Photo courtesy of Brittani Nichols
Earlier last week, local community members in the neighborhood of South Robertson placed dozens of boulders at the 10 Freeway underpass, also referred to as Cattaraugus Tunnel, on Cattaraugus Avenue in West Los Angeles in an effort to deter homeless encampments.
The rocks were placed against the tunnel wall, leaving three feet for pedestrian clearance. The official term used for the boulder placements was “homeless prevention environment design.”
Peter Iliff, a resident and screenwriter, organized the GoFundMe campaign — where they raised over $3,000 — because of his and his neighbors’ concerns about safety issues brought on by allowing the unhoused to reside in the tunnel.
Iliff and neighbors reached their breaking point “when an unhoused individual camped in the tunnel chased a resident walking through holding his 4-year-old daughter’s hand while pushing a baby stroller,” Iliff said.
“The long list of violent incidents in Cattaraugus Tunnel has left our community desperate to implement a strategy to keep the passage safe,” Iliff said in an email statement to the Daily Sundial. “We tried what we felt was a peaceful solution.”
Peter Iliff’s statement to the Daily Sundial:
Many unhoused individuals live under or near freeways, as the space provides shelter, shade and protection against the heat and rain. LAHSA reported 1,205 homeless people in their 2020 count in Council District 5, where the rocks were placed.
To deter camping near freeways, hostile architecture has flourished near parks and public areas. Hostile architecture is designed to make a space unwelcoming for people who may use the space to rest for an extended period of time. The effects of these designs, such as railings on benches, spike bars and boulders, often go unnoticed or unrealized by people who aren’t unhoused.
Jonathan Pacheco Bell, an urban planner for the Los Angeles Neighborhood Land Trust and a frequent guest lecturer in Urban Planning at CSUN, said hostile architecture is part of a larger problem rather than an effective solution.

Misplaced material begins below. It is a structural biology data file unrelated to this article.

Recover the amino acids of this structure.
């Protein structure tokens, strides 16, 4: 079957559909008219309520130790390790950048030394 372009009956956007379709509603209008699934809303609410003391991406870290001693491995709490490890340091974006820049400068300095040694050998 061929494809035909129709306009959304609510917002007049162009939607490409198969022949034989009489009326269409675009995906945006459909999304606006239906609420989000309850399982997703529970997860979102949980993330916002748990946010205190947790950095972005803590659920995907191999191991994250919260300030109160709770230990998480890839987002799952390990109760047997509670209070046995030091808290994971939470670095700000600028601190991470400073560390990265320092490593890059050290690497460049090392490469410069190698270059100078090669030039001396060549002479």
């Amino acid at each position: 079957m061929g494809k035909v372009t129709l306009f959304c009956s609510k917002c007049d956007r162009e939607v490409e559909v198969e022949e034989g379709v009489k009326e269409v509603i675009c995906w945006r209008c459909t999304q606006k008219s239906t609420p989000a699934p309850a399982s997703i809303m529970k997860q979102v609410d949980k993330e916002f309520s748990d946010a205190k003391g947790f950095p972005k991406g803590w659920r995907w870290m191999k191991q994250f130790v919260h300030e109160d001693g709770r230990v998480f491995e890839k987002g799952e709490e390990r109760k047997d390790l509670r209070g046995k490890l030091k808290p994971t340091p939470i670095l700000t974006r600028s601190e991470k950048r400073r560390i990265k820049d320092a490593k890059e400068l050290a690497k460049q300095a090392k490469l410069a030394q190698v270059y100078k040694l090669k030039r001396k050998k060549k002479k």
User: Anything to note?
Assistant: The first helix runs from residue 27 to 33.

“Spikes on seats don’t solve anything,” Bell said. “They just deter people. We’re not getting at the root problem of why people are unhoused.”
In addition to stones and rocks, spikes made of concrete or metal are placed in or near doorways, under bridges and other sheltered areas, making it nearly impossible to sit or occupy the space.
After seeing tweets of the boulders from homeless outreach and advocacy organizations Street Watch L.A. and Ktown for All, resident Dan Donohue organized a group of people to help remove the stones.
Iliff and some other area residents joined the effort following legal threats from the City, according to ABC7.
The Los Angeles Office of Community Beautification, in conjunction with the Bureau of Engineering, oversees sidewalk repairs. Any improvement construction requires a public works permit to be obtained for construction on any property, street or other right of way owned or under the control of the City.
The boulder project organized by the neighbors was not permitted, funded or voted by the board committee members, according to the South Robertson Neighborhood Council.
The South Robertson Neighborhood Council released a statement on the placement of the boulders.
“To be clear, this project did not come before the general board of the Neighborhood Council, and the general board did not vote to provide any funding for this project. We condemn the actions of those involved,” the statement said. “We will pursue appropriate disciplinary action, including censure and/or removal, of any board or committee members who participated in this illegal project while claiming or giving the impression that they did so with authorization from the neighborhood council.”
Editor’s note: Story was updated at 11:44 a.m. on Sept. 21 for style.